CNN Democratic debate night 2
The 10 presidential candidates just wrapped up their debate appearances tonight with their closing remarks to Americans.
Here's what they said:
New York Mayor Bill de Blasio: "If we're going to beat Donald Trump, this has to be a party that stands for something. The party of labor unions. This has to be the party of universal health care. This has to be the party that's not afraid to say out loud we're going to tax the hell out of the wealthy. And when we do that, Donald Trump right on cue will call us socialists. Here's what I'll say to him: 'Donald, you're the real socialist.'"
Colorado Sen. Michael Bennet: "I think that we have an incredible opportunity in front of us. All of us. To come together just as our parents and grandparents did before them, and face challenges even harder than the ones we face. But the only way that we're going to be able to do it is to put the divisive politics of Donald Trump behind us."
Washington Gov. Jay Inslee: "We have one last chance. When you have one chance in life, you take it. Think about this. Literally the survival of humanity on this planet in civilization is in the hands of the next president. And we have to have a leader who will do what is necessary to save us. That includes making this the top priority of the next presidency."
New York Sen. Kirsten Gillibrand: "I'm running for president because I want to help people. And I actually have the experience and the ability to do that. I brought Congress together and actually made a difference in peoples lives."
Hawaii Rep. Tulsi Gabbard: "The needs are great as your president I will put your interest above all else."
Former Secretary Julián Castro: "I believe that we need leadership that understands that we need to move forward as one nation. With one destiny. And our destiny in the years to come is to be the smartest, the healthiest, the fairest and the most prosperous nation on Earth."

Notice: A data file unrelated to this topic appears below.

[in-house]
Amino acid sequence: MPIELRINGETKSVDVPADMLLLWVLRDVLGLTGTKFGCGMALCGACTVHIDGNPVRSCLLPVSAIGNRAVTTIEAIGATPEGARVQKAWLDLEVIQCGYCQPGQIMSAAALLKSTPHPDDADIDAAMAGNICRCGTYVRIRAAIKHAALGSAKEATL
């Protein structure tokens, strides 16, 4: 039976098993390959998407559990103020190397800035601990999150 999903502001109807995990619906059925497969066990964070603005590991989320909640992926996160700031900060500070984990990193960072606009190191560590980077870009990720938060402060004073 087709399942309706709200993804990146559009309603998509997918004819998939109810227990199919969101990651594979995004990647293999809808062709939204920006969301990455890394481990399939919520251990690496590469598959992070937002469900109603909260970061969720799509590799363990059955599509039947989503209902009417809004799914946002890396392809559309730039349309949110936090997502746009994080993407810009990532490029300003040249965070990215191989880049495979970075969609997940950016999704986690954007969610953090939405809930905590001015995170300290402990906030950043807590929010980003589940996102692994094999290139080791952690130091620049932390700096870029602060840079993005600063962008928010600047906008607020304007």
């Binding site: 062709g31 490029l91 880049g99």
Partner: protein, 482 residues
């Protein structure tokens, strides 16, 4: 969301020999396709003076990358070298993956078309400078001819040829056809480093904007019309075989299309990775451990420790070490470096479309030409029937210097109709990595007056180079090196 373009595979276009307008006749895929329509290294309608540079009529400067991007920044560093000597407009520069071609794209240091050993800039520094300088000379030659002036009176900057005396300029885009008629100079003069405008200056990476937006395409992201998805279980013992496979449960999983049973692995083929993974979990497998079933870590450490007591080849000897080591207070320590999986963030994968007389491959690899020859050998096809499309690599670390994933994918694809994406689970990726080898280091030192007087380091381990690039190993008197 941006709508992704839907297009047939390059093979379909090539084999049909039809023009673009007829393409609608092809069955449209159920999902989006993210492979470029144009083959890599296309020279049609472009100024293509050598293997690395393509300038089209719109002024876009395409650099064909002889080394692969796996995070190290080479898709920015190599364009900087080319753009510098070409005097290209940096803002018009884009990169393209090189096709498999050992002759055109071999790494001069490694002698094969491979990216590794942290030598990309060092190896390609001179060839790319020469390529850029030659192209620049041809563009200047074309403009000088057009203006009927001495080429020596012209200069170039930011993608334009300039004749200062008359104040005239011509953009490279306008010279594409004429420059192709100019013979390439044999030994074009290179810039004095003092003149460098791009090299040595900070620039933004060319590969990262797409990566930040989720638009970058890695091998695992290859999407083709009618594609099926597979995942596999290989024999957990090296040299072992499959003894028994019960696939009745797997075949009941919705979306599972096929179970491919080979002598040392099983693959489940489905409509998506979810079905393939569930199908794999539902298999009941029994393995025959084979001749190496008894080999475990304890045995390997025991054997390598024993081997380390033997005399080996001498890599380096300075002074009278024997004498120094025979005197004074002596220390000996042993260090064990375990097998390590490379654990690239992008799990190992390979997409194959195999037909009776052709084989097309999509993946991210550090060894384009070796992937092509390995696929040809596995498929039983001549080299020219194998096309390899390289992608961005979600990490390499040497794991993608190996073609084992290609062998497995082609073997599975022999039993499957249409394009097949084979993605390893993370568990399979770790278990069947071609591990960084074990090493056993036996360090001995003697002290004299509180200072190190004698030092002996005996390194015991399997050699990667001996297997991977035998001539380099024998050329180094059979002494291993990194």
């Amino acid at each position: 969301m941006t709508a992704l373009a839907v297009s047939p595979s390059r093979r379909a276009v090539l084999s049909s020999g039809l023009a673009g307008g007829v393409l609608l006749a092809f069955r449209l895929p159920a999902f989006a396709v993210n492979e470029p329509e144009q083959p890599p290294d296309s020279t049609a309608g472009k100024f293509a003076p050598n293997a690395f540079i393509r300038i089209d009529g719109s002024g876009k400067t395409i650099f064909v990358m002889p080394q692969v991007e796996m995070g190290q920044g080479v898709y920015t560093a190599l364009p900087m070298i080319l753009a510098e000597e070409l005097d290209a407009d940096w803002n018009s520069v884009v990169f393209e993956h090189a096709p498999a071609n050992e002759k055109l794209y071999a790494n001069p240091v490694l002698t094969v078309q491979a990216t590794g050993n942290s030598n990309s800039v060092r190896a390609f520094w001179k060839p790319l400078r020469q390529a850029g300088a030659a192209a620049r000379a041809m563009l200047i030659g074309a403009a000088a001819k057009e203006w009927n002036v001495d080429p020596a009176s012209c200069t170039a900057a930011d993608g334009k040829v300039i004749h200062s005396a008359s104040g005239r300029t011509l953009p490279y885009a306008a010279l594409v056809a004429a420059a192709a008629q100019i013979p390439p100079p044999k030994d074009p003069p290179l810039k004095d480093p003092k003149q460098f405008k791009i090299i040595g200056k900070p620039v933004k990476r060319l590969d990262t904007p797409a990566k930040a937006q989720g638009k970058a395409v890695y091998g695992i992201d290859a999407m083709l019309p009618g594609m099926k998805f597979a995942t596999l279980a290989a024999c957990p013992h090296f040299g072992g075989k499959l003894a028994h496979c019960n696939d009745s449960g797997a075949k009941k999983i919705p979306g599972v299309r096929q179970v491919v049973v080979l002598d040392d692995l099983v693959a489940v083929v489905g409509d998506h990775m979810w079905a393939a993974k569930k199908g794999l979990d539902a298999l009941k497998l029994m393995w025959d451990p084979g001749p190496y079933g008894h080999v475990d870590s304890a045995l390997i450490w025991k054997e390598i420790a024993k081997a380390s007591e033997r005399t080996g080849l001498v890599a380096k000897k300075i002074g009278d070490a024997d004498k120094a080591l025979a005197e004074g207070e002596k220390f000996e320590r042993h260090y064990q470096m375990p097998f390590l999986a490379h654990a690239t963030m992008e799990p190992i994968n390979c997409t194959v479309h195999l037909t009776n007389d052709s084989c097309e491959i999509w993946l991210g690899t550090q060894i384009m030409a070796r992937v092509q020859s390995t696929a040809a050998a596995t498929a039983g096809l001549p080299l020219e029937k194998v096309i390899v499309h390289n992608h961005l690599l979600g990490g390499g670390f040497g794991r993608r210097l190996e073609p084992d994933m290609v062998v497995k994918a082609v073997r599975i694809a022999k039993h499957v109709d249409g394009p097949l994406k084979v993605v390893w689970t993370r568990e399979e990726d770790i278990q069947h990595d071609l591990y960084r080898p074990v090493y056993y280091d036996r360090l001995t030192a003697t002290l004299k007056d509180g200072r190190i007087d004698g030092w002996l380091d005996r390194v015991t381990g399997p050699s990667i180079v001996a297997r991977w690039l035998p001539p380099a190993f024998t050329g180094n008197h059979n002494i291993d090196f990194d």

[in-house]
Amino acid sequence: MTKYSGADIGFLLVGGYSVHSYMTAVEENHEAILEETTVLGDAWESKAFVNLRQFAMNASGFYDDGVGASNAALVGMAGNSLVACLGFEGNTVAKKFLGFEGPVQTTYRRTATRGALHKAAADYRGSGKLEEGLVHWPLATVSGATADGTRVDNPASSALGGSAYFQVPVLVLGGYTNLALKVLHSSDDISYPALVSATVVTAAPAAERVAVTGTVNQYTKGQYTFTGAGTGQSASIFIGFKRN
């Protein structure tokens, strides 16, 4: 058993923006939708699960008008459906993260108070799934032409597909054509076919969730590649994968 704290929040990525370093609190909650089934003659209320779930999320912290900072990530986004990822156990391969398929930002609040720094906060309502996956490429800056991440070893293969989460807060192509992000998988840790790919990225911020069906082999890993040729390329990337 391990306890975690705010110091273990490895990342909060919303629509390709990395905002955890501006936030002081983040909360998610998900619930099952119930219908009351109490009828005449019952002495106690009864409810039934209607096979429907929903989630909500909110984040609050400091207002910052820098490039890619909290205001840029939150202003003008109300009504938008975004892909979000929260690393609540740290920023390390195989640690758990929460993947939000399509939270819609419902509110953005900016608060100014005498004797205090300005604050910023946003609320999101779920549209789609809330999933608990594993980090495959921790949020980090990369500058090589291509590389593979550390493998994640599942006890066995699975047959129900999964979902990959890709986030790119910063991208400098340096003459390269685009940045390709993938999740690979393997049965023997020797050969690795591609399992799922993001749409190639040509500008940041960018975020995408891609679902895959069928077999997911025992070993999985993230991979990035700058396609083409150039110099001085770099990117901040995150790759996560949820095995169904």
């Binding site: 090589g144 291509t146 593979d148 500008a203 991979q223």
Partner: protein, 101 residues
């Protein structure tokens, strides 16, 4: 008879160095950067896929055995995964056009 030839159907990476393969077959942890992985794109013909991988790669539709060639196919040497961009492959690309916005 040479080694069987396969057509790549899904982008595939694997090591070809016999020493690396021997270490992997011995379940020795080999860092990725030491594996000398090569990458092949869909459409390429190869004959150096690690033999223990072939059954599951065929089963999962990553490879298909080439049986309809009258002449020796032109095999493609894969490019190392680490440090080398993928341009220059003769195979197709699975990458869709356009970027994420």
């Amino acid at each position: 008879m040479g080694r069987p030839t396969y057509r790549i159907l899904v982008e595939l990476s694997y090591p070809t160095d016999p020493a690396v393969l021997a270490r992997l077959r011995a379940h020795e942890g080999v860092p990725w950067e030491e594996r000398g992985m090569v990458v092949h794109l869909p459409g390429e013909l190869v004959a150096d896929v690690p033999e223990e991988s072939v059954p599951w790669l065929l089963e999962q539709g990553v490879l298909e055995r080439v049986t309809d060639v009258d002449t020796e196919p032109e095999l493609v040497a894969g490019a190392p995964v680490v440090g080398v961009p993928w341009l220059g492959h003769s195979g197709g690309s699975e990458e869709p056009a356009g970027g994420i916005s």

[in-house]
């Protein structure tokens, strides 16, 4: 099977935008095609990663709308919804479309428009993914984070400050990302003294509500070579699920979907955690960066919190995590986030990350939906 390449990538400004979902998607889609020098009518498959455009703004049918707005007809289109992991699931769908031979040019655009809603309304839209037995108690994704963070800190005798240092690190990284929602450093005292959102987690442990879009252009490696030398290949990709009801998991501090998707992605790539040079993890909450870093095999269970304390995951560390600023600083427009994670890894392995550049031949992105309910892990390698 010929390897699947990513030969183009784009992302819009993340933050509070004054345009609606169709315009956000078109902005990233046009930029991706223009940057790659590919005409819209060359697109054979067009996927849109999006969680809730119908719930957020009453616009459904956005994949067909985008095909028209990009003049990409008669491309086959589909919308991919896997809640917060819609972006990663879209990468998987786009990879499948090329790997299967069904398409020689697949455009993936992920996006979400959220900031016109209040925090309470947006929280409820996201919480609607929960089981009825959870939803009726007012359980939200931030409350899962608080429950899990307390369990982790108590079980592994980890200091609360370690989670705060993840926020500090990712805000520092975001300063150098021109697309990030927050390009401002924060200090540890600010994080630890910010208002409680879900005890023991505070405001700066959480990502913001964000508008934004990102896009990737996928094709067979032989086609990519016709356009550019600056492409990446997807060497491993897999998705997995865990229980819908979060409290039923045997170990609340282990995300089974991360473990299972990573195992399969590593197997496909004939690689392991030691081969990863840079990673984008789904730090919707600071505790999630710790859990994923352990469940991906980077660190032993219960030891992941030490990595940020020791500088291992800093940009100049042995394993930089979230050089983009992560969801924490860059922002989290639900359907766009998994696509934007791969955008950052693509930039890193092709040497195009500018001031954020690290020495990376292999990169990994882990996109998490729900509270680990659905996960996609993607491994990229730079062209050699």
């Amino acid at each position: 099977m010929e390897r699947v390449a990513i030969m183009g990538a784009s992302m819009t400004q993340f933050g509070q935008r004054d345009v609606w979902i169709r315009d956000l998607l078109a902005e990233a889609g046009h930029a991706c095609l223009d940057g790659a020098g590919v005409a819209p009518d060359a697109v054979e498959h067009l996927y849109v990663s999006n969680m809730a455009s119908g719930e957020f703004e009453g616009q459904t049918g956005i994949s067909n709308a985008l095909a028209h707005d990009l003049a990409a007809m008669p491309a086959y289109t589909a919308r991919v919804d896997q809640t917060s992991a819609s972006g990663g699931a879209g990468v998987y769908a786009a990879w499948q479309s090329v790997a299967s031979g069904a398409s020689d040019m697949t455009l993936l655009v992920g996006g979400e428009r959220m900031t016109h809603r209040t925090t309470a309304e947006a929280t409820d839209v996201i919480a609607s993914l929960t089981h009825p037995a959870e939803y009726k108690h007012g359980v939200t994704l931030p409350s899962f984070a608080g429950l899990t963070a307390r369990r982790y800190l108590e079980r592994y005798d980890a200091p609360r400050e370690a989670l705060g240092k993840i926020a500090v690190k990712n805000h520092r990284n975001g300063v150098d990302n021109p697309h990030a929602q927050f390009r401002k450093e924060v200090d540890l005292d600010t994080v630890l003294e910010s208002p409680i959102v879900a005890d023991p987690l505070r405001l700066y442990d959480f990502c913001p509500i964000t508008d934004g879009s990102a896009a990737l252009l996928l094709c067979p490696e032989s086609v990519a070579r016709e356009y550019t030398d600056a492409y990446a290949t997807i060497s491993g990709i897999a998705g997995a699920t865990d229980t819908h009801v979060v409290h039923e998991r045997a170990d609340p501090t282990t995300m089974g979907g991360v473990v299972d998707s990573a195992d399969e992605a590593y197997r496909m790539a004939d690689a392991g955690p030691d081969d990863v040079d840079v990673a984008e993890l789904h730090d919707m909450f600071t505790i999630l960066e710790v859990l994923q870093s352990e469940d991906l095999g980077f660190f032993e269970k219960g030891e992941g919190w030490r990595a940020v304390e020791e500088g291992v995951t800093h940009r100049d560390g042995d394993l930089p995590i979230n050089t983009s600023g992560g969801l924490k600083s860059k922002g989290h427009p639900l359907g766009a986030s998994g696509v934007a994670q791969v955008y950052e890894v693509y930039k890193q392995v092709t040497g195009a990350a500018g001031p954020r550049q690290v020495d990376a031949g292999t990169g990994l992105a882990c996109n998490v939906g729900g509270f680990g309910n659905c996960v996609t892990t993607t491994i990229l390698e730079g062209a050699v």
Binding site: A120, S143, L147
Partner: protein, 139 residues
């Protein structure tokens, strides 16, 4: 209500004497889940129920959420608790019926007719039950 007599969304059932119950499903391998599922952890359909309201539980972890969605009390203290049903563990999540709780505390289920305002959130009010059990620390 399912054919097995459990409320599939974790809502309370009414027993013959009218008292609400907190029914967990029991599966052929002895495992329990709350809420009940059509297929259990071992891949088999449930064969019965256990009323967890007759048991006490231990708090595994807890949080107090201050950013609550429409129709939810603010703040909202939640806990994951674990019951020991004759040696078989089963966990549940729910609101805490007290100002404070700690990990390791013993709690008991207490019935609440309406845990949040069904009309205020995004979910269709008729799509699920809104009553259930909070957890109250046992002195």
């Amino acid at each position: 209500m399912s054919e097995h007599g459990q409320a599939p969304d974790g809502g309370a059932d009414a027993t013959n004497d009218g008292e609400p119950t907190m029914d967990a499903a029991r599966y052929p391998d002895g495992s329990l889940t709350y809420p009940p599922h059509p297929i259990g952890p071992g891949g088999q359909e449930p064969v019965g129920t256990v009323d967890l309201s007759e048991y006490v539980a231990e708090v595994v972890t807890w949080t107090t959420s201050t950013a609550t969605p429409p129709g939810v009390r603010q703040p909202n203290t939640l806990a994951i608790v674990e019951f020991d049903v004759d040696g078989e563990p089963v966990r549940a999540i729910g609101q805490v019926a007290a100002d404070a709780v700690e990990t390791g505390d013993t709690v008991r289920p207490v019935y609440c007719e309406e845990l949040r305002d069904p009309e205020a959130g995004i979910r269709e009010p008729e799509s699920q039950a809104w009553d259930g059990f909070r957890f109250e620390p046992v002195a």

Businessman Andrew Yang: "You know what the talking heads couldn't stop talking about about after the last debate? It's not the fact that I am somehow No. four on the stage in national polling. It was the fact that I wasn't wearing a tie. Instead of automation in the future, including the fact we automated away 4 million manufacturing jobs. Hundreds of thousands right here in Michigan. We're up here with makeup on our faces and our rehearsed attack lines. Playing roles in this reality TV show. It's one reason why we elected a reality TV star as our president."
New Jersey Sen. Cory Booker: "We have a real crisis in our country, and the crisis is Donald Trump — but not only Donald Trump, I have a frustration that sometimes people are saying the only thing they want is to beat Donald Trump. Well, that is the floor and not the ceiling."
California Sen. Kamala Harris: "What we need is someone who is going to be on that debate stage with Donald Trump and defeat him by being able to prosecute the case against four more years. And let me tell you we've got a long rap sheet."
Former Vice President Joe Biden: Everybody knows who Donald Trump is. We have to let him know who we are. We choose science over fiction. We choose hope over fear. We choose unity over division. And we choose, we choose the idea that we can as Americans, when we act together, do anything."
See Harris' closing statement:
While defending his record as mayor of Newark, New Jersey, against attacks from former Vice President Joe Biden, New Jersey Sen. Cory Booker claimed that the leader of New Jersey’s American Civil Liberties Union "has said that I embraced reforms not just in action but in deeds."
Facts First: This is true, but lacks important context.
Booker was mayor of Newark from 2006 to 2013, and in his last year the head of ACLU-NJ did "commend" Booker and the city's police director for issuing "one of the most comprehensive policies in the nation requiring the tracking and public reporting of the police department’s stop-and-frisk practices."
But the reforms came, in part, following a 96-page complaint made by the ACLU against Newark's police department in 2010. The complaint led to a three-year investigation from the Department of Justice into the department. The DOJ released a report in 2014 which found "reasonable cause to believe" police officers had stolen from civilians and -- among other things -- engaged in a "pattern of unconstitutional stops and arrests" that disproportionately affected black people.
Booker is leaving out this critical background in touting the praise from the ACLU.
Andrew Yang said: "If you go to a factory here in Michigan, you will not find wall-to-wall immigrants, you will find wall-to-wall robots and machines. Immigrants are being scapegoated for issues they have nothing to do with in our economy."
Facts First: Yang is right that robots have displaced more workers than immigrants.
Many studies have shown that immigrants generally create more net jobs in the US, although there may be some displacement and wage stagnation in low-skilled industries where more immigrants compete directly with native-born Americans.